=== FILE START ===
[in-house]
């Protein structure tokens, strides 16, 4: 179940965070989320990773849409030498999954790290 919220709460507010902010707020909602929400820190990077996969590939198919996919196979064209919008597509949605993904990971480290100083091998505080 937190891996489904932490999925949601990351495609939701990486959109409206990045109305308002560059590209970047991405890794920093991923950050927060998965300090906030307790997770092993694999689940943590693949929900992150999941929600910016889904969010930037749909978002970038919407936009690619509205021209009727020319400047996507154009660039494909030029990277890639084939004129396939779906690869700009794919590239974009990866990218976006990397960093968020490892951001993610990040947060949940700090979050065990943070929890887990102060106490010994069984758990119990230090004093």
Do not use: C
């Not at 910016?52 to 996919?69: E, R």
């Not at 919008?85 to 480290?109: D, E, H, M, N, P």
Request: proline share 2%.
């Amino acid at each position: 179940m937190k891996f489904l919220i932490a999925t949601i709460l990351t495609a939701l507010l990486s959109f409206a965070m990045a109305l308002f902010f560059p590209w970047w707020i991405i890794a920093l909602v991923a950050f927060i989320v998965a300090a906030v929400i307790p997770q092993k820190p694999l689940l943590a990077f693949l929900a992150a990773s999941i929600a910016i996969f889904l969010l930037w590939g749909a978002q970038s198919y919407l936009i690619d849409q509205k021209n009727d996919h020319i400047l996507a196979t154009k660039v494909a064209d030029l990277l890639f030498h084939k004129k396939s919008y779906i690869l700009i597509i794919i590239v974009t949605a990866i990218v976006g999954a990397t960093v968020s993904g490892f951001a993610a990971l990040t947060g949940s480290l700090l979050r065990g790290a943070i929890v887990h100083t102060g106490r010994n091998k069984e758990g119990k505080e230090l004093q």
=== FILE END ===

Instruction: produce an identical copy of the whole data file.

[in-house]
């Protein structure tokens, strides 16, 4: 179940965070989320990773849409030498999954790290 919220709460507010902010707020909602929400820190990077996969590939198919996919196979064209919008597509949605993904990971480290100083091998505080 937190891996489904932490999925949601990351495609939701990486959109409206990045109305308002560059590209970047991405890794920093991923950050927060998965300090906030307790997770092993694999689940943590693949929900992150999941929600910016889904969010930037749909978002970038919407936009690619509205021209009727020319400047996507154009660039494909030029990277890639084939004129396939779906690869700009794919590239974009990866990218976006990397960093968020490892951001993610990040947060949940700090979050065990943070929890887990102060106490010994069984758990119990230090004093």
Do not use: C
């Not at 910016?52 to 996919?69: E, R």
């Not at 919008?85 to 480290?109: D, E, H, M, N, P």
Request: proline share 2%.
């Amino acid at each position: 179940m937190k891996f489904l919220i932490a999925t949601i709460l990351t495609a939701l507010l990486s959109f409206a965070m990045a109305l308002f902010f560059p590209w970047w707020i991405i890794a920093l909602v991923a950050f927060i989320v998965a300090a906030v929400i307790p997770q092993k820190p694999l689940l943590a990077f693949l929900a992150a990773s999941i929600a910016i996969f889904l969010l930037w590939g749909a978002q970038s198919y919407l936009i690619d849409q509205k021209n009727d996919h020319i400047l996507a196979t154009k660039v494909a064209d030029l990277l890639f030498h084939k004129k396939s919008y779906i690869l700009i597509i794919i590239v974009t949605a990866i990218v976006g999954a990397t960093v968020s993904g490892f951001a993610a990971l990040t947060g949940s480290l700090l979050r065990g790290a943070i929890v887990h100083t102060g106490r010994n091998k069984e758990g119990k505080e230090l004093q």